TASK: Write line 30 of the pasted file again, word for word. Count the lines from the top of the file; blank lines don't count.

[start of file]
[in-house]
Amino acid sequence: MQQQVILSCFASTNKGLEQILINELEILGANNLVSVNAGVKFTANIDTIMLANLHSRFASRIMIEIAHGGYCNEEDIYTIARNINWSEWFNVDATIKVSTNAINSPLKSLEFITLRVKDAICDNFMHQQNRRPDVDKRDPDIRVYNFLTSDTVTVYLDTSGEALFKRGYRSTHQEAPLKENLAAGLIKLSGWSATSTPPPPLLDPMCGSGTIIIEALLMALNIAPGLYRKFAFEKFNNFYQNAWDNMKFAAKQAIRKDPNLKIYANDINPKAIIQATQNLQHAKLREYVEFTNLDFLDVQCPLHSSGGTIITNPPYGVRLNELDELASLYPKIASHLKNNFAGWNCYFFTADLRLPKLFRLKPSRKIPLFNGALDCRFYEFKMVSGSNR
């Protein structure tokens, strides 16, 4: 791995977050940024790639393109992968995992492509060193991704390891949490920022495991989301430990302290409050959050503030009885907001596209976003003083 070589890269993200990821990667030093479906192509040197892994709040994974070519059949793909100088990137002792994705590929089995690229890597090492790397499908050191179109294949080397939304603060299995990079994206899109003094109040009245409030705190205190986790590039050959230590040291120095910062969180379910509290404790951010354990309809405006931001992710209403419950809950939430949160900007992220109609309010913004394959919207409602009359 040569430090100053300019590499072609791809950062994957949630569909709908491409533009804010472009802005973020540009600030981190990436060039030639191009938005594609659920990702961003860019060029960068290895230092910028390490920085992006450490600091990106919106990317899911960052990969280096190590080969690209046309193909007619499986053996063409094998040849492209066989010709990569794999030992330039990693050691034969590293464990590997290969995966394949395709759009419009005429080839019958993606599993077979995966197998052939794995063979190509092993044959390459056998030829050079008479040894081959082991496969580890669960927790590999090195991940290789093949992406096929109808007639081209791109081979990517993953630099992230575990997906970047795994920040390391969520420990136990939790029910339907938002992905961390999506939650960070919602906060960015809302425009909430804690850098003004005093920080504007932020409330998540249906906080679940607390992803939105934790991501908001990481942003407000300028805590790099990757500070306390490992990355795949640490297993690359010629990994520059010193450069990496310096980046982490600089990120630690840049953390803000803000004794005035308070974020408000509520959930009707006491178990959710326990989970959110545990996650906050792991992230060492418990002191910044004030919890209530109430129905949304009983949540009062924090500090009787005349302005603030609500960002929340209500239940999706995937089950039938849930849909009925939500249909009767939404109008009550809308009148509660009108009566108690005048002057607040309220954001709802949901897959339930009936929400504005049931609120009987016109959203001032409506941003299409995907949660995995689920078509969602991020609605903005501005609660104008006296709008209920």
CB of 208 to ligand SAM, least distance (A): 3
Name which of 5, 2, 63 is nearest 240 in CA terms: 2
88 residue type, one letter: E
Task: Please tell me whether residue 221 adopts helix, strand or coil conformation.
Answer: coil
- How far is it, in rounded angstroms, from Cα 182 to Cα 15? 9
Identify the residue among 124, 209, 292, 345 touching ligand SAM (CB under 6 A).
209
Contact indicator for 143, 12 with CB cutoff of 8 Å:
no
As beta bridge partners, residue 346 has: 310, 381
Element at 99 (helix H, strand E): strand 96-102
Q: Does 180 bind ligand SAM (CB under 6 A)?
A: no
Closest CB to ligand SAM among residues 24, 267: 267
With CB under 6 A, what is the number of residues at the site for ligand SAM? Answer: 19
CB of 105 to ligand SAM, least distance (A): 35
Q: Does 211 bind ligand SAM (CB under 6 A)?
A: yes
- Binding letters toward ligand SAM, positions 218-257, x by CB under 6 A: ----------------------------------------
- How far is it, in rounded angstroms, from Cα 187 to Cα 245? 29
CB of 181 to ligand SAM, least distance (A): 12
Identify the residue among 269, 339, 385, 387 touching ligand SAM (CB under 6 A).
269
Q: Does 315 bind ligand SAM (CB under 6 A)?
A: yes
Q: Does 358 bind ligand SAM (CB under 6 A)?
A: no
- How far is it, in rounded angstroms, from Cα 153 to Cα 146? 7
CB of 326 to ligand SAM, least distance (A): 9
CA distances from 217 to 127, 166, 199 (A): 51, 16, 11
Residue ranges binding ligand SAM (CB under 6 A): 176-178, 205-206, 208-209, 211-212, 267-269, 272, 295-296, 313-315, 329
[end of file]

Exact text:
Q: Does 358 bind ligand SAM (CB under 6 A)?